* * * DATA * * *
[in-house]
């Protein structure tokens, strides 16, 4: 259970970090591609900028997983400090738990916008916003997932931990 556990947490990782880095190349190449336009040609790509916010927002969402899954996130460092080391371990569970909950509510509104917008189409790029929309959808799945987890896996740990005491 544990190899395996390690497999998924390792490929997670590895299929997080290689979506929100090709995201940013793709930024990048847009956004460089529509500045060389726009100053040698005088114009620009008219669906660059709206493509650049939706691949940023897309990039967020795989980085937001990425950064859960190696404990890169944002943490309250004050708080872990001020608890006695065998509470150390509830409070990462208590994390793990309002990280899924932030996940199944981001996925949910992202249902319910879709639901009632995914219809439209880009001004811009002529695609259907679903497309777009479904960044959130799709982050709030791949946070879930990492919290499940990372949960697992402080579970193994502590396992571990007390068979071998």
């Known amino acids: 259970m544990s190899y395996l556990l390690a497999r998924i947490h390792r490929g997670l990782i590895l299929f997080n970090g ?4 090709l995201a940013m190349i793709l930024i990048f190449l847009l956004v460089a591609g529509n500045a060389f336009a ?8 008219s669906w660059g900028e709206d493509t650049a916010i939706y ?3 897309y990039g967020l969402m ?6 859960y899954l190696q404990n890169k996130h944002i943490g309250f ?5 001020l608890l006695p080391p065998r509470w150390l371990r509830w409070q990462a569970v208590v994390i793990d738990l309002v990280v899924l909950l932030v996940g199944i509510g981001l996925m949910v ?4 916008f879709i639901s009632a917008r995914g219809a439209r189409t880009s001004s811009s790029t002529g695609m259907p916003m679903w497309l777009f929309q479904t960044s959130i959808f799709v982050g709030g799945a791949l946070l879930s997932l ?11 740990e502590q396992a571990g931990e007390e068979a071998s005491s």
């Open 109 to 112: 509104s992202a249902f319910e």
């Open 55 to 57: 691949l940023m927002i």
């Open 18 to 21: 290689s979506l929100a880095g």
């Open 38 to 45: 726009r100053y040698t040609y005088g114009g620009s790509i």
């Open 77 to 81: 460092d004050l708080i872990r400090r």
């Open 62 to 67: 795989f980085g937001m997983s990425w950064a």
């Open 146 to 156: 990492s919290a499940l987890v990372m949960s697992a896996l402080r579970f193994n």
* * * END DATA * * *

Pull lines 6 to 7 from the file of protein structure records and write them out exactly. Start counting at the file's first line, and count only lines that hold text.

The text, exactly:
């Open 18 to 21: 290689s979506l929100a880095g």
């Open 38 to 45: 726009r100053y040698t040609y005088g114009g620009s790509i």